Don't go to art school. Why it's a bad idea and what you can do with the money instead.
"It's the dirty little secret of higher education," says Mr. Williams of the New Faculty Majority. "Many administrators are not aware of the whole extent of the problem. But all it takes is for somebody to run the numbers to see that their faculty is eligible for welfare assistance." [more inside]
Dorothy Gambrell of Cat And Girl fame spends an awful lot of time talking about education, class, debt, money, and the hollow promise of aspirational media to discuss how much she hates Good Will Hunting
The Georgetown Center on Education and the Workforce released a study comparing the economic value of different college majors.
In the wake of ever deeper budget cuts, public schools have begun charging students for basics, such as registering for honors or elective classes.
There is a firestorm in Bedford, New Hampshire, because a parent wants the school board to take the book "Nickel and Dimed: Not Getting By In America" off the reading list for a high school personal finance class. [more inside]
Kelli went to Northeastern University and got loans to pay for her sociology degree. Her repayment schedule is featured in the article and it is not pretty. [more inside]
Pay to play. The children of big-donor Harvard alums are systematically given preference over legacy offspring of lesser means. Additionally David Karen, now a professor at Bryn Mawr, concluded that alumni children at Harvard lose most of their admissions advantage if they apply for financial aid.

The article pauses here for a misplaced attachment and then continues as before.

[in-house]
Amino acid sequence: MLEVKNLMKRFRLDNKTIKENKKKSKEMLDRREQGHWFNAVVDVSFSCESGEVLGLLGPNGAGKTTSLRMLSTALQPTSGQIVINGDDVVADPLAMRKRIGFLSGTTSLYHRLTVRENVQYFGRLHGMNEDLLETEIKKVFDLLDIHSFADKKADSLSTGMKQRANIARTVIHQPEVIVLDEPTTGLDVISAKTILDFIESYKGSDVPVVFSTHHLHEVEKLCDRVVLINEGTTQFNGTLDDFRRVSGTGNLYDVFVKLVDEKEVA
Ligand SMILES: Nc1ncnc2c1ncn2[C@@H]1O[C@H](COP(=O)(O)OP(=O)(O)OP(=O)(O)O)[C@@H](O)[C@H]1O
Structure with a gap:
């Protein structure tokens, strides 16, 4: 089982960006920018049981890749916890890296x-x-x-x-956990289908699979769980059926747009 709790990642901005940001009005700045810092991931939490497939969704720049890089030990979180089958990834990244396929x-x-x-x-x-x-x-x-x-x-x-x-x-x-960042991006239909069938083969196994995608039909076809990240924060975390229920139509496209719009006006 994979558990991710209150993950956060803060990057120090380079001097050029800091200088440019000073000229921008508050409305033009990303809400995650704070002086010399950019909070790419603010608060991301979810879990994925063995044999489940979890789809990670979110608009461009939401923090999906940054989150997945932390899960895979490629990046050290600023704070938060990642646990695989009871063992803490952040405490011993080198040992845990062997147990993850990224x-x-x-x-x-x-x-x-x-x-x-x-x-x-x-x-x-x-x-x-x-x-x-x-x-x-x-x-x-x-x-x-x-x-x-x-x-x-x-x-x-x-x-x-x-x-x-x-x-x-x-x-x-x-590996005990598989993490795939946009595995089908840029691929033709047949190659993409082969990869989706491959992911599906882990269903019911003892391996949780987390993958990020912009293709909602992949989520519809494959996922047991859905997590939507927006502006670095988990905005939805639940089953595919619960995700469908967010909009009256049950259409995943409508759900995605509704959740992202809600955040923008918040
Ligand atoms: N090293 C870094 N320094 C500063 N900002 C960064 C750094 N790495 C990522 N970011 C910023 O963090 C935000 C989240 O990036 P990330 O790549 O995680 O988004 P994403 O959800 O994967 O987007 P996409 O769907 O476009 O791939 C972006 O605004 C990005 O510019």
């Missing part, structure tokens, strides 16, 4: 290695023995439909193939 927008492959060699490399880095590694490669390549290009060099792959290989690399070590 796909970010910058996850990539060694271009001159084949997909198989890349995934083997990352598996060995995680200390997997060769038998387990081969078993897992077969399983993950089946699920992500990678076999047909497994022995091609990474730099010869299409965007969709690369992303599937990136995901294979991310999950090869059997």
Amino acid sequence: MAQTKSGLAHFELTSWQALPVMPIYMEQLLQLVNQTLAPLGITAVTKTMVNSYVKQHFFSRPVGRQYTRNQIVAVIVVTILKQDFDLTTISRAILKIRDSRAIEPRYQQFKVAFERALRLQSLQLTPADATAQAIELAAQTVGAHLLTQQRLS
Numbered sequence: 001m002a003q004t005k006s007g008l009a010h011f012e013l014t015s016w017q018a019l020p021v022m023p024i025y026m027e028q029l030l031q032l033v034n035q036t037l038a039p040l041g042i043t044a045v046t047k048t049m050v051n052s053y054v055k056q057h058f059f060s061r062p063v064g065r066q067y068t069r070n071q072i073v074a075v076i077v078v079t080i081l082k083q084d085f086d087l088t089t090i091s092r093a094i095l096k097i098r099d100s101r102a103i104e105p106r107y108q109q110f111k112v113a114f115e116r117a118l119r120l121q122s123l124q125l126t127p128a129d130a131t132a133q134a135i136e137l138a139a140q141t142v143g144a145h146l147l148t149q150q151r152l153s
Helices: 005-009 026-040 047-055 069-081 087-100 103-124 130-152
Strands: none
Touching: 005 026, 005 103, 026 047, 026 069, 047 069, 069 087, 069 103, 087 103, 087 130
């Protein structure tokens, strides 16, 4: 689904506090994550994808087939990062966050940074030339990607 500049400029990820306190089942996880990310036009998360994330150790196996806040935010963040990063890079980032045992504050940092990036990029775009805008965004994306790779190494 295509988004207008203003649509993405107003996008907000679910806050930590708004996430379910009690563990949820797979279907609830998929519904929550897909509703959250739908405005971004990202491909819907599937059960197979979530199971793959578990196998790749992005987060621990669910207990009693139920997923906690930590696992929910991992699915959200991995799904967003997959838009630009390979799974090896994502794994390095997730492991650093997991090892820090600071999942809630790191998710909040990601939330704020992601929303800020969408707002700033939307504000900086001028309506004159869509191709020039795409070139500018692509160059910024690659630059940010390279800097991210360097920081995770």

The Economic Consequences of Mr. Bush. "The next president will have to deal with yet another crippling legacy of George W. Bush: the economy. A Nobel laureate, Joseph E. Stiglitz, sees a generation-long struggle to recoup." [Via Firedoglake.]
MoneyChimp - a "coherent, logical, useful and accessible financial education resource".
Benjamin Stein, host of the show Win Ben Stein's Money fears that the United States is squelching what gives it an edge.
Banker withdraws a £100,000 pledge to his old college at Oxford University after his son was turned down for a place
Banker withdraws a £100,000 pledge to his old college at Oxford University after his son was turned down for a place - a newsworthy event in the UK not because the man's son was refused, but because he presumed that his donations would have bought his son's entrance. An interesting comparison with family privilege and US private colleges, perhaps?
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